Holy Trinity Priory, Aldgate

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15th-century heraldic version of the Shield of the Trinity diagram; the monastery's coat of arms would have closely resembled this.[1]

The Holy Trinity Priory was a priory of Austin canons (Black Canons) founded around 1108 by Queen Matilda of England, wife of King Henry I near Aldgate in London.[2][3] The queen received advice and help in the foundation from Anselm of Canterbury, the Archbishop of Canterbury. It was founded with clergy from St Botolph's Priory in Colchester,[4][5] and the first prior was Norman, who was the queen's confessor.[3] By 1115 the entire soke, or liberty of East Smithfield (including the ward of Portsoken) was given by the Knighten Guilde to the church of Holy Trinity within Aldgate. The prior of the abbey was then to sit as an ex officio Alderman of London.[6]

Matilda of Boulogne continued the close relationship between queenship and the priory. Two of her children were buried here and she took the prior as her confessor.[7] In the 12th century the priory had a reputation as a centre of learning under Peter of Cornwall, who was the prior.[3]

The priory was dissolved in February 1532 when it was given back to King Henry VIII of England.[2] The buildings and land associated with the priory were given, or sold, to prominent courtiers and City merchants. None of the buildings survive today except for some pointed arches within the office building on the corner of Aldgate and Mitre Street. Mitre Street itself follows roughly the line of the nave of the priory church, while Mitre Square corresponds roughly with the former cloister.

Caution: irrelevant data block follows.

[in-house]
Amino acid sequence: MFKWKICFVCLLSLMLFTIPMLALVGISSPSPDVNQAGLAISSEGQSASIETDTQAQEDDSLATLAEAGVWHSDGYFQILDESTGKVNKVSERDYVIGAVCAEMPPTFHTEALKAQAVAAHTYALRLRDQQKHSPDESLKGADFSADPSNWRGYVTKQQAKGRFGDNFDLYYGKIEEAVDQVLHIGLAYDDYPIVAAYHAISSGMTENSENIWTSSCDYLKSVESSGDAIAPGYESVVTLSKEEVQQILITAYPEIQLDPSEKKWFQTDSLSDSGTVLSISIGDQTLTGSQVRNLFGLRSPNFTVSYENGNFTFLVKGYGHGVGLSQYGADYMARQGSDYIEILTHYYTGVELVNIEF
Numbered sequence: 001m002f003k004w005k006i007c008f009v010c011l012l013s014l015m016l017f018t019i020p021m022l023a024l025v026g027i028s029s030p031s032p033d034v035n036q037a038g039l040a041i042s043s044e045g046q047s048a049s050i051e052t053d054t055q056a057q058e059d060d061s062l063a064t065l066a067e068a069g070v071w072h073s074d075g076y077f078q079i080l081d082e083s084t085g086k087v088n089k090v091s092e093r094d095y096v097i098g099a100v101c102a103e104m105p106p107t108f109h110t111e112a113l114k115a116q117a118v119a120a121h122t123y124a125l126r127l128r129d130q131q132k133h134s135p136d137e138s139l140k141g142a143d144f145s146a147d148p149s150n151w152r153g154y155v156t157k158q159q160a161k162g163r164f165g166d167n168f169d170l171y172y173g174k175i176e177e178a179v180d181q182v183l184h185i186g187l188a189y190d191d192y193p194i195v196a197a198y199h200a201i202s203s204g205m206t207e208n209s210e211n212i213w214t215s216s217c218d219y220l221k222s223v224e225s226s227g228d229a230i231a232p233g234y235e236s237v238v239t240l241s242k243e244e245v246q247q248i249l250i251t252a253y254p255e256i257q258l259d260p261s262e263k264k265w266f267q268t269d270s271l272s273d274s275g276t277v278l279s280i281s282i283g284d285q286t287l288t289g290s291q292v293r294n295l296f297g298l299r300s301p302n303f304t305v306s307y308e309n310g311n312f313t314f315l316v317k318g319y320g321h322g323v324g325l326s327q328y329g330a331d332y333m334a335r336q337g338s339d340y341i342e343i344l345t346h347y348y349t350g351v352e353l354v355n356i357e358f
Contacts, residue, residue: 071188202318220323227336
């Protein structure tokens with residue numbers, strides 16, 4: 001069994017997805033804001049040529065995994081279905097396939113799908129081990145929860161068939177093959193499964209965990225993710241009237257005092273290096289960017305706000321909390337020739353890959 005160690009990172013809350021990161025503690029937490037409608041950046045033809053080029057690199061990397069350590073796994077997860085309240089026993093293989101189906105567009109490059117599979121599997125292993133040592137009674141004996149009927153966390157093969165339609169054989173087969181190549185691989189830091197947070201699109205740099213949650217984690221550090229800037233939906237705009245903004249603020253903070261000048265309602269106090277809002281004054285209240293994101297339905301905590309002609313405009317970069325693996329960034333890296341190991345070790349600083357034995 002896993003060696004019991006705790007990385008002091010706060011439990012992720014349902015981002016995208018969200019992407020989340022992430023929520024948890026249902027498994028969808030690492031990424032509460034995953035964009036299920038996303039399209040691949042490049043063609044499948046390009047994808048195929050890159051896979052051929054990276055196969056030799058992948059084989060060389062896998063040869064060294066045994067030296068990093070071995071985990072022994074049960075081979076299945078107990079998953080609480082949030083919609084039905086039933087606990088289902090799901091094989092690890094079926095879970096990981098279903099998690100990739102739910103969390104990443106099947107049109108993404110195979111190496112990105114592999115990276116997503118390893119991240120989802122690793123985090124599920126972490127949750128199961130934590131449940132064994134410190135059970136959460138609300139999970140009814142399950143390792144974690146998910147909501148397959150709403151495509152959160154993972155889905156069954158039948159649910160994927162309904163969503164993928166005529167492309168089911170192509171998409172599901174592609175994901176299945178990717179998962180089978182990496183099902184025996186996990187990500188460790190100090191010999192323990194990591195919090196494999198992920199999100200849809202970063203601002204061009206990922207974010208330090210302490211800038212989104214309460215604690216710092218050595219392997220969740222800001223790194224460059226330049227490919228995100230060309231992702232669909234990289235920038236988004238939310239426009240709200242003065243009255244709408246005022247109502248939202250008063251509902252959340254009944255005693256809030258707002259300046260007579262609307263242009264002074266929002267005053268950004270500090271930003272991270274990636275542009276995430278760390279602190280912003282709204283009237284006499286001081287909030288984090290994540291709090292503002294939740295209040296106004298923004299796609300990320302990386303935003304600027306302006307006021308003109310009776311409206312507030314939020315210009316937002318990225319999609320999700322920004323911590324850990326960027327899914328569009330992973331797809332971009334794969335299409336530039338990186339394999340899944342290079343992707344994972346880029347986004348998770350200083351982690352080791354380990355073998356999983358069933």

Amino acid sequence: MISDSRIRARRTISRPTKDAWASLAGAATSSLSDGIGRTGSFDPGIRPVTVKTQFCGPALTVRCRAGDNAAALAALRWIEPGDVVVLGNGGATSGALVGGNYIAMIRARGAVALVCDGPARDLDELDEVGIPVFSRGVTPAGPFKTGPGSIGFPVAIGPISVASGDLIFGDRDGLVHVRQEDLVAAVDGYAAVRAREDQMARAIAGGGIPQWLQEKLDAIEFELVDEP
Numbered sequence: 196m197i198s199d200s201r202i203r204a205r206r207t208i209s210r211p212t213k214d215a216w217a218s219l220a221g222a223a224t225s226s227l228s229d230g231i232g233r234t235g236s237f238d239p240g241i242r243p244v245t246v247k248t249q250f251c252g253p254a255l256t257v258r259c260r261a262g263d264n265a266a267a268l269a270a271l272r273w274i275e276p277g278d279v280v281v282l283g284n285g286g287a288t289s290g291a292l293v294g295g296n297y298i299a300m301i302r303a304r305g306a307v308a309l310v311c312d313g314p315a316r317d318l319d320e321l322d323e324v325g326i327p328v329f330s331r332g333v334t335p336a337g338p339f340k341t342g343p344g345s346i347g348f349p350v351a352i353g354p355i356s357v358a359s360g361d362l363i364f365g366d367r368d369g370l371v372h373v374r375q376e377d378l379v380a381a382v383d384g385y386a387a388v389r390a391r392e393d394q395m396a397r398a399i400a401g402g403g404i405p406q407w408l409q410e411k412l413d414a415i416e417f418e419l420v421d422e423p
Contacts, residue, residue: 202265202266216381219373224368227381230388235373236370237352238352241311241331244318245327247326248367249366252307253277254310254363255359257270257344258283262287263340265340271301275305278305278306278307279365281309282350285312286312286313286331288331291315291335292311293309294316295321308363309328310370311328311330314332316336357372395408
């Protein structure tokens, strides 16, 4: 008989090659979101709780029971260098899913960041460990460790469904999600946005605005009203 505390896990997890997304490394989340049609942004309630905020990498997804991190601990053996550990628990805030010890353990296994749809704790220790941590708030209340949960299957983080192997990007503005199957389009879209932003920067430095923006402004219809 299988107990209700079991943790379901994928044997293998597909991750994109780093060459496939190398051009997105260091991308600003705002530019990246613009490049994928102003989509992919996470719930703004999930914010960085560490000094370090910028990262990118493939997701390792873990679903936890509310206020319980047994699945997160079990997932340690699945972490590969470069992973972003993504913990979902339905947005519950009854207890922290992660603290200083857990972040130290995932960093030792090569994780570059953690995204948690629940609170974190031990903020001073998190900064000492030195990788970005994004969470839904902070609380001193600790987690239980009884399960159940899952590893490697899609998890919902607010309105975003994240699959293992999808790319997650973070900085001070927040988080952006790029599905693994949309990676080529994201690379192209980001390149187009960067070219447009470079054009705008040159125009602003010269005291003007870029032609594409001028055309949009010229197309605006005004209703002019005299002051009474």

Priors[edit]

The priors of this house include:

  • Norman d. 1147- a student of Anselm of Canterbury
  • Ralph d. 1167
  • William
  • Peter de Cornwall
  • Richard de Temple
  • John de Toking
  • Eustace prior from 1264 to 1280
  • William Aygnel
  • Nicholas Hancocke

References[edit]

  1. ^ A Glossary of Terms Used in Heraldry by James Parker (1894).
  2. ^ a b 'Austin canons: Priory of Holy Trinity or Christchurch, Aldgate' A History of the County of London: Volume 1: London within the Bars, Westminster and Southwark (1909), pp. 465–475 Accessed November 13, 2007
  3. ^ a b c Burton Monastic and Religious Orders p. 46
  4. ^ Ashdown-Hill, John (2009) Mediaeval Colchester's Lost Landmarks. Published by The Breedon Books Publishing Company Limited. (ISBN 978-1-85983-686-6)
  5. ^ http://www.british-history.ac.uk/report.aspx?compid=39844 retrieved 22/08/2014
  6. ^ Allen, Thomas The History and Antiquities of London, Westminster, Southwark, and parts adjacent pp.709–712 (George Virtue, 1839)
  7. ^ Duggan Queens and Queenship p. 330

Bibliography[edit]

  • Burton, Janet (1994). Monastic and Religious Orders in Britain: 1000–1300. Cambridge Medieval Textbooks. Cambridge UK: Cambridge University Press. ISBN 0-521-37797-8. 
  • Duggan, Anne (1997). Queens and Queenship in Medieval Europe: Proceedings of a Conference Held at King's College London, April 1995. The Boydell Press. 


Coordinates: 51°30′49″N 0°04′41″W / 51.5136°N 0.0780°W / 51.5136; -0.0780